Sense of Community

Our ongoing, 10-part Community Journalism series airs quarterly

From poverty concerns to major policy decisions, this series dives beyond the headlines to provide in-depth coverage of issues facing people and organizations in the Ozarks. KSMU's team of reporters come together to produce 10 stories, four times a year;  see past espisodes of our Sense of Community series here.

Lee Ann Meador Norman

For KSMU’s Sense of Community Series, I’m Mike Smith.

We wind down our week long series of reports on historic preservation in the Ozarks, in West Plains Missouri where what’s become that city’s signature event took place June 19th and 20th.  The annual Old Time Music-Ozark Heritage Festival.  (SOUND: Voices singing I’ll Fly Away)

Todd Shanks is the Community Marketing Director for the City of West Plains, and a member of the 

Mike Smith / KSMU-FM

For the KSMU Sense of Community series, I’m Mike Smith….

Just south of Branson, in Point Lookout Missouri where I talked to Kansas City resident Joan Scatt about her just completed visit to the Smithsonian of the Ozarks, The Ralph Foster Museum.   “It was highly educational, very informative, very well put together and I enjoyed it very much.  We’ve been in there 2 and a half hours and have to come back.  My favorites were the cameos and the stones, but I’m excited to see a (Rose O’Neill) Kewpie Doll for the first time, and I’m 68 years old”.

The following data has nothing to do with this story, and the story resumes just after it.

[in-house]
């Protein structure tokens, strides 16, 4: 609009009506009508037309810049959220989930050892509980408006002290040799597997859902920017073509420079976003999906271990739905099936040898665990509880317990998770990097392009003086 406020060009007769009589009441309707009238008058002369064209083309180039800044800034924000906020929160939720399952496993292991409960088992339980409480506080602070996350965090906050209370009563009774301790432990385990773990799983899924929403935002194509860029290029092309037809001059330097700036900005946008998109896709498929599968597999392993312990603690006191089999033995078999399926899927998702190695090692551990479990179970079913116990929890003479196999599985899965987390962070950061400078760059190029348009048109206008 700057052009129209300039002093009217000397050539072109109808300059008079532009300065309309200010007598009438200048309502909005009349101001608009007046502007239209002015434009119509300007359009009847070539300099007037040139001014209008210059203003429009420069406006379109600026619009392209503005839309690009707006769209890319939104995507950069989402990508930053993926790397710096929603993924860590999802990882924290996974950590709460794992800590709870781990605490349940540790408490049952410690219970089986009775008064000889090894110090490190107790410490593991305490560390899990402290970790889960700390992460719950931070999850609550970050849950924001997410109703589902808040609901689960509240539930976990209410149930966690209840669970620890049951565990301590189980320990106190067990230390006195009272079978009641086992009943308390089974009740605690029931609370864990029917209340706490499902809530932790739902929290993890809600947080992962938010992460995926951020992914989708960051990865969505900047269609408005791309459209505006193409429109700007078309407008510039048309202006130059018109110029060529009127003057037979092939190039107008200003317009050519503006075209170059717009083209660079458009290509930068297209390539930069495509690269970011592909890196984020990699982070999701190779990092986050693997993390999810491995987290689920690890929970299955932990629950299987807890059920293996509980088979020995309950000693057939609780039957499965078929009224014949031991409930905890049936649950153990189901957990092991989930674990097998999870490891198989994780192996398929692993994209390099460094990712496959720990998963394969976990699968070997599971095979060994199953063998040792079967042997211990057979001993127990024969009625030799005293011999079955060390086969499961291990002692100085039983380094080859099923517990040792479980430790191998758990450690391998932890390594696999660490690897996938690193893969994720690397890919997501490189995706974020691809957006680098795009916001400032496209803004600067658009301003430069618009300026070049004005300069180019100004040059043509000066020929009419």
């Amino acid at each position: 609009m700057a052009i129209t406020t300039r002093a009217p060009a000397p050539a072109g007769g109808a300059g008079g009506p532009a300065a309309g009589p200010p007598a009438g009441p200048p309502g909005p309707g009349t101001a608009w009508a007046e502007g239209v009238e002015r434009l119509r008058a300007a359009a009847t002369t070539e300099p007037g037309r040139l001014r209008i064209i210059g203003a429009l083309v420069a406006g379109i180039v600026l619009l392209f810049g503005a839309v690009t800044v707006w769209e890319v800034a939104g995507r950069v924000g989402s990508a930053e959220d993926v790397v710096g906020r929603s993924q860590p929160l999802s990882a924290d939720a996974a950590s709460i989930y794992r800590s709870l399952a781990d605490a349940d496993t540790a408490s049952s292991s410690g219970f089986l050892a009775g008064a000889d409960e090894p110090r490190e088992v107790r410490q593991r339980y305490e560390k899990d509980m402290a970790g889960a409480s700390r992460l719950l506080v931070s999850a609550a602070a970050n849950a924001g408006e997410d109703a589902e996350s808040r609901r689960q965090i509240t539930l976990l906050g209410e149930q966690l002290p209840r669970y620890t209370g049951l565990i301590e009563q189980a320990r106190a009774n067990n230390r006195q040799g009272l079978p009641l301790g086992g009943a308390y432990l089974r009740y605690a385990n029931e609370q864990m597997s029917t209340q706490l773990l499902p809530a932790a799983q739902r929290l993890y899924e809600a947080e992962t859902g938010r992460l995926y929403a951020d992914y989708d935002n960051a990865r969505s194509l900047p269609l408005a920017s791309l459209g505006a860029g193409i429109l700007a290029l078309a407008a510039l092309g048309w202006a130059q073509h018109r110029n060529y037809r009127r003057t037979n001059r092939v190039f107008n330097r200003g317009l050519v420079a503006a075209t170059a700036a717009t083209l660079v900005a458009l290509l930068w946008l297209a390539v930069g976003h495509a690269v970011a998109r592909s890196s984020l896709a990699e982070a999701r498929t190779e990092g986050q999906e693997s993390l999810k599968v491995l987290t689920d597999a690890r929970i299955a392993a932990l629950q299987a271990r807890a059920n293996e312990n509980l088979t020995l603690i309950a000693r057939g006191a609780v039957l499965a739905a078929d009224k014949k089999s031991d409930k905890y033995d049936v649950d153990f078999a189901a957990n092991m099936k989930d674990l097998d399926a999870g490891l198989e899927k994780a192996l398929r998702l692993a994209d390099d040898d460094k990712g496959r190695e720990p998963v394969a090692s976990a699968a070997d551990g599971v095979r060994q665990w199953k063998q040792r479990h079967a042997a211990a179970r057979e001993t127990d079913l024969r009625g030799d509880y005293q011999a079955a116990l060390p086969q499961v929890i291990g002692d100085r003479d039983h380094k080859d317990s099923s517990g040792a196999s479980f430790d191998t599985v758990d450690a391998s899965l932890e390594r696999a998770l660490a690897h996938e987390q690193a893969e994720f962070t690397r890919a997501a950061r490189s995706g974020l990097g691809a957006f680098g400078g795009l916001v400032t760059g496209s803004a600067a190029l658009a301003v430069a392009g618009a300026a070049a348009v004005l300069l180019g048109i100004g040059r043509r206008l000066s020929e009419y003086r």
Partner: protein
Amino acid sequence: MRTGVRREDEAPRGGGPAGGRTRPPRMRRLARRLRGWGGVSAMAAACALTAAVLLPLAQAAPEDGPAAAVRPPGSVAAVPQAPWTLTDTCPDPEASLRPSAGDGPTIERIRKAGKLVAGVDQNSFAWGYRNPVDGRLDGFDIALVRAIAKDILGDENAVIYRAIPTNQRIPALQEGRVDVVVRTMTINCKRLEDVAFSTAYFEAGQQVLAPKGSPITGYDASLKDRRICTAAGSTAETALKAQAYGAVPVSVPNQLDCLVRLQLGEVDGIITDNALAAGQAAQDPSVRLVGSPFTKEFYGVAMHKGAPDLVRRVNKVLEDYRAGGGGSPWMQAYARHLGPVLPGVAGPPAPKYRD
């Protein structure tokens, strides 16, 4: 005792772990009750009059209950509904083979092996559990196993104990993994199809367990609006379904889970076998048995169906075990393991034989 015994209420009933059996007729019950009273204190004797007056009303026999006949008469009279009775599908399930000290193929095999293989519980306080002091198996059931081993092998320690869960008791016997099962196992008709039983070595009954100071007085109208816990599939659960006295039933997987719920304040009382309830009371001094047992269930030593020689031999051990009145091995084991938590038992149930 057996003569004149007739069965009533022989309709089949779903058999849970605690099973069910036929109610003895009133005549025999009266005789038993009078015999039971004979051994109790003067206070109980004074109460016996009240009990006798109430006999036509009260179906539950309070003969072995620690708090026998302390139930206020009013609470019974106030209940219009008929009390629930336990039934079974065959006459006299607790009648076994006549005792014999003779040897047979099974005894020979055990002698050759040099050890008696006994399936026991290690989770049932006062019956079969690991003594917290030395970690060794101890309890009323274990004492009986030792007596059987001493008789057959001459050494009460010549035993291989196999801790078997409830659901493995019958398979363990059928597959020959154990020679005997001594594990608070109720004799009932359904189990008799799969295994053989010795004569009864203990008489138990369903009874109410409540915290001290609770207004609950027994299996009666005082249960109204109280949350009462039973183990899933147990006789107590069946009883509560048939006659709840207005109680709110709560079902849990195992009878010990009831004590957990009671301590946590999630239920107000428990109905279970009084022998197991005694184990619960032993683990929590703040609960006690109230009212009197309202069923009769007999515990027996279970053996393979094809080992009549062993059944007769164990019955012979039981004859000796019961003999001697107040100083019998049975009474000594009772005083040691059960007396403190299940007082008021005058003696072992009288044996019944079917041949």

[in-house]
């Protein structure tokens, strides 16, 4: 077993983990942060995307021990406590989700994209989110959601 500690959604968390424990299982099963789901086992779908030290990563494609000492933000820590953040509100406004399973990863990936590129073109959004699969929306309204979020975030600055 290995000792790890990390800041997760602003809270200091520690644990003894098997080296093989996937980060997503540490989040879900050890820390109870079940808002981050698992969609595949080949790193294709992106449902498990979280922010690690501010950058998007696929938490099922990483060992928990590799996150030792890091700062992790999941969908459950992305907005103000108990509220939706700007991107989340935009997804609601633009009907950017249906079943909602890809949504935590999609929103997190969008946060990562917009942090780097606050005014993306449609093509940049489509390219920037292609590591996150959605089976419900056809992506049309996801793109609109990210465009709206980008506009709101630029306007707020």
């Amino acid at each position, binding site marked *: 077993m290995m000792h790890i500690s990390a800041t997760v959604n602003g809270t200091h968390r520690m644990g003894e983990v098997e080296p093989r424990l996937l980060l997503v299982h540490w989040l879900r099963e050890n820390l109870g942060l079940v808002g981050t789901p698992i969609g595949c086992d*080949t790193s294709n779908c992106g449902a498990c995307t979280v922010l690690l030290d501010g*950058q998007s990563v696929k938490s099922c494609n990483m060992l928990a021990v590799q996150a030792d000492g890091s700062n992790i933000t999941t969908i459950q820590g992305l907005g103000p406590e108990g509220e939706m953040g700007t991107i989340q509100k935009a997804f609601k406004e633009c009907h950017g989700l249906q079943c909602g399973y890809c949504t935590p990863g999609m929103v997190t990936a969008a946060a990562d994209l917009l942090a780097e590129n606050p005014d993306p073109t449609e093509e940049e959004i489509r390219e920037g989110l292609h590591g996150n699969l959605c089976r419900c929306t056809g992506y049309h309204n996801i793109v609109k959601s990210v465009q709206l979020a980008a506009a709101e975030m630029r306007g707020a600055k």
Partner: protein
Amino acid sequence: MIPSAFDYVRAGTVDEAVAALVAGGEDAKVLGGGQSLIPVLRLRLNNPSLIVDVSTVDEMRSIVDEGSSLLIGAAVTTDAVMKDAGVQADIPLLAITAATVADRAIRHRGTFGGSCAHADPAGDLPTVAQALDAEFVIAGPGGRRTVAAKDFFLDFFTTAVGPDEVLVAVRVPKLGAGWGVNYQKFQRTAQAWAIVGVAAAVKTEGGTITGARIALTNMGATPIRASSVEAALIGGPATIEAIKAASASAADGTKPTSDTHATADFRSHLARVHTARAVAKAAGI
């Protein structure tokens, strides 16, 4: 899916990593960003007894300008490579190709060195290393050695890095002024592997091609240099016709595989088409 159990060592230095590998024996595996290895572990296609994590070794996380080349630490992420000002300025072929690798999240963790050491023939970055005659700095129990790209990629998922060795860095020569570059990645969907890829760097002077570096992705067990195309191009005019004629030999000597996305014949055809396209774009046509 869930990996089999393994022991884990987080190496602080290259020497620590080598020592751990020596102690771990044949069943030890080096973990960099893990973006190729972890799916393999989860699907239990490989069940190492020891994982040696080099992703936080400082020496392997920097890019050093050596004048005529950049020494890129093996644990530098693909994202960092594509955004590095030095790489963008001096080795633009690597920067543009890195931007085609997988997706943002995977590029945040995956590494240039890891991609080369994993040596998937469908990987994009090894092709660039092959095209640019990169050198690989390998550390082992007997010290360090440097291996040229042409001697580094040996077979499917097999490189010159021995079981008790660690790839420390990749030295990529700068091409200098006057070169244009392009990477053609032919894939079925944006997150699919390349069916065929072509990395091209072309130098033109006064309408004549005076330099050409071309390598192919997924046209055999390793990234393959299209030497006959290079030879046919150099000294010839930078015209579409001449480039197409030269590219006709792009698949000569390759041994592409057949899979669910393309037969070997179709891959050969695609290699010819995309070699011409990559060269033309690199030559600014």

Anna Skalicky

Eureka Springs has a long and fascinating history.  In this segment of KSMU's Sense of Community Series, KSMU's Michele Skalicky goes on a walking tour of an entire town that has been designated as an Historic Preservation District.

Ralph Wilson is working to keep the history of historic Eureka Springs, Arkansas alive by sharing stories about the city.  The Denver native, who came to the Northwest Arkansas in 2006, is one of two people who get paid to give tours of historic downtown.

Michele Skalicky / KSMU

Two local organizations are keeping alive the amazing accomplishments of a woman who helped pave the way for female artists.  In this segment of KSMU's Sense of Community Series, Michele Skalicky takes us to Bonniebrook and to the Rose O'Neill Museum.

Set along a flowing stream, complete with waterfalls in the middle of the Ozarks woods, it’s easy to see why Rose O’Neill loved Bonniebrook.

Nicholas Carter / KSMU

Built in 1929, the Lyric Theatre in downtown Harrison, Arkansas originally served as a venue for “talkies.”  Talkies came after silent pictures and were the first films to incorporate dialog, music and other forms of sound along with the film. Over the years the theatre has experienced several changes, but for many people it remains a vital part of the community’s history, culture and memories. 

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